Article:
Launch Vehicle & Launch Date
NASA has selected Space Exploration Technologies (SpaceX) of Hawthorne, California, to provide launch services for SWOT. Launch is targeted for November 2022 on a SpaceX Falcon 9 rocket from Space Launch Complex 4E at Vandenberg Air Force Base in California. NASA's Launch Services Program at Kennedy Space Center in Florida will manage the SpaceX launch service.
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Mission Development Timeline
SWOT was one of 15 missions listed in the 2007 National Research Council Decadal Survey of Earth science missions that NASA should implement in the subsequent decade (full report available here). In its earliest stages, the mission underwent Concept Studies (Pre-Phase A) and Concept & Technology Development (Phase A).
In early 2015, SWOT entered Phase B, Preliminary Design & Technology Completion. In 2016, SWOT was approved for implementation and thus entered Phase C (Final Design & Fabrication).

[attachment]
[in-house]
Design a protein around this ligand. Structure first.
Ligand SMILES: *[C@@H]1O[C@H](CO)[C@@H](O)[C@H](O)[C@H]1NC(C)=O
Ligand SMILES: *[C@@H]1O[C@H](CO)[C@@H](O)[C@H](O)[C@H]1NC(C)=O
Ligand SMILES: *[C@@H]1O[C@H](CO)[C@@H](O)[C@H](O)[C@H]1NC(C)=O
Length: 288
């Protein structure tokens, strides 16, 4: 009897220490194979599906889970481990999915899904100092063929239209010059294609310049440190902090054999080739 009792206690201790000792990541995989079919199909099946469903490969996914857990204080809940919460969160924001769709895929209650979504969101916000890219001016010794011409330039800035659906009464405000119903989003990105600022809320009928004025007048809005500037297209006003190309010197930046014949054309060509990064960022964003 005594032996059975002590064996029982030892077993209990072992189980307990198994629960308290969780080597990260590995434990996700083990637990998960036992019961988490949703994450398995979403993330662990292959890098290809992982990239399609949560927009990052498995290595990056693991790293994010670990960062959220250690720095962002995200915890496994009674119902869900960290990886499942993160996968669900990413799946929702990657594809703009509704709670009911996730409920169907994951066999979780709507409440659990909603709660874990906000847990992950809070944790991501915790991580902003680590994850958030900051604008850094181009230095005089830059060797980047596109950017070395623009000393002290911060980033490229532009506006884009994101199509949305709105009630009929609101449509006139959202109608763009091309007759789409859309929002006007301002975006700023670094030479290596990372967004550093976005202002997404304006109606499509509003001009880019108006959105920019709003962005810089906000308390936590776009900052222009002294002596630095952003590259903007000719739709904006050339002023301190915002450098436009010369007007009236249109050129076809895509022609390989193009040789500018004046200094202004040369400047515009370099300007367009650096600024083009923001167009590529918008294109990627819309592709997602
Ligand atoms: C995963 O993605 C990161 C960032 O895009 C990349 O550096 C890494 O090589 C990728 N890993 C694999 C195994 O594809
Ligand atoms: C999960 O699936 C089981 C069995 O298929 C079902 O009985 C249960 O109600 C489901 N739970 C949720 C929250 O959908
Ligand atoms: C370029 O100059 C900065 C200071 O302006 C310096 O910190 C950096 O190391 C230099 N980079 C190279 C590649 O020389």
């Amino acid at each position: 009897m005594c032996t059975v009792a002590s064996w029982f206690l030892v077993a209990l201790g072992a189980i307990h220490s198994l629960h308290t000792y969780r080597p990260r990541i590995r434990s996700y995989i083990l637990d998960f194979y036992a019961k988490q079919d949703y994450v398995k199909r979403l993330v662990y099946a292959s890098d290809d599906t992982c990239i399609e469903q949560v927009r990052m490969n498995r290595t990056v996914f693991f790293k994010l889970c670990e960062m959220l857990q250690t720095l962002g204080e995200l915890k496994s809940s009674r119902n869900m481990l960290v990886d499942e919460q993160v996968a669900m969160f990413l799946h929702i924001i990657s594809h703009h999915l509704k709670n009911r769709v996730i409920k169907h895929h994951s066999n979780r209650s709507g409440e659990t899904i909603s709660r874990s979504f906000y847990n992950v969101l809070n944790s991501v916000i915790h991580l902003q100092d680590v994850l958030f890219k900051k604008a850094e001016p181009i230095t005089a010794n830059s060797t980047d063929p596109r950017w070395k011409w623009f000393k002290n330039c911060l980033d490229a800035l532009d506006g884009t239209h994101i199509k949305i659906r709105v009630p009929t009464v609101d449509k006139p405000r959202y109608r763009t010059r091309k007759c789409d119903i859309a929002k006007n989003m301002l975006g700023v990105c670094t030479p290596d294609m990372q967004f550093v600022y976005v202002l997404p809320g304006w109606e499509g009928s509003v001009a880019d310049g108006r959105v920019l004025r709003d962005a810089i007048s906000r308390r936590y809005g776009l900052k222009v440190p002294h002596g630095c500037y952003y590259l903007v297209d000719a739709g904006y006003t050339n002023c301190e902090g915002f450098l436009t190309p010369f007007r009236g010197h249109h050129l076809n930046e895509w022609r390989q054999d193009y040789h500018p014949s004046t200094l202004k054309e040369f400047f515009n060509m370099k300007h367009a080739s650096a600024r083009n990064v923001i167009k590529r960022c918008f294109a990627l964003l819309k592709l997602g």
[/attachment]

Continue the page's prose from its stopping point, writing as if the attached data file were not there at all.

To learn more about SWOT's latest progress towards launch, visit the Flight Systems and Ground Systems pages. To learn about the airborne instrument making measurements similar to those that will be made in space by SWOT to prepare for the hydrology post-launch Cal/Val, visit the AirSWOT page.
SWOT will launch in Phase D. Approximately the first six months after launch, it will be in a "fast-sampling" phase with a 1-day repeat orbit at an altitude of 857 km (532.5 mi). This initial period will focus on achieving calibration and validation objectives while studying rapidly changing phenomena. Members of the international ocean science community may participate in this phase by creating programs to deploy in situ assets in the regions covered by the SWOT fast-sampling orbit. This will provide a global series of experiments with fine-scale ocean campaigns, as well as ground-based data for comparison with SWOT's daily 2-D sea surface height data. The fast-sampling phase will end with an increase in the observatory's altitude to 891 km (553.6 mi).
Phase E (Operations & Sustainment), nominally lasting three years, will have a 21-day repeat orbit to balance global coverage and frequent sampling. This non-sun-synchronous orbit was chosen to minimize tidal aliasing and ensure coverage of major water bodies on land. SWOT's 120-km-wide (~75-mi-wide) swath will result in overlapping measurements over most of the globe with an average revisit time of 11 days.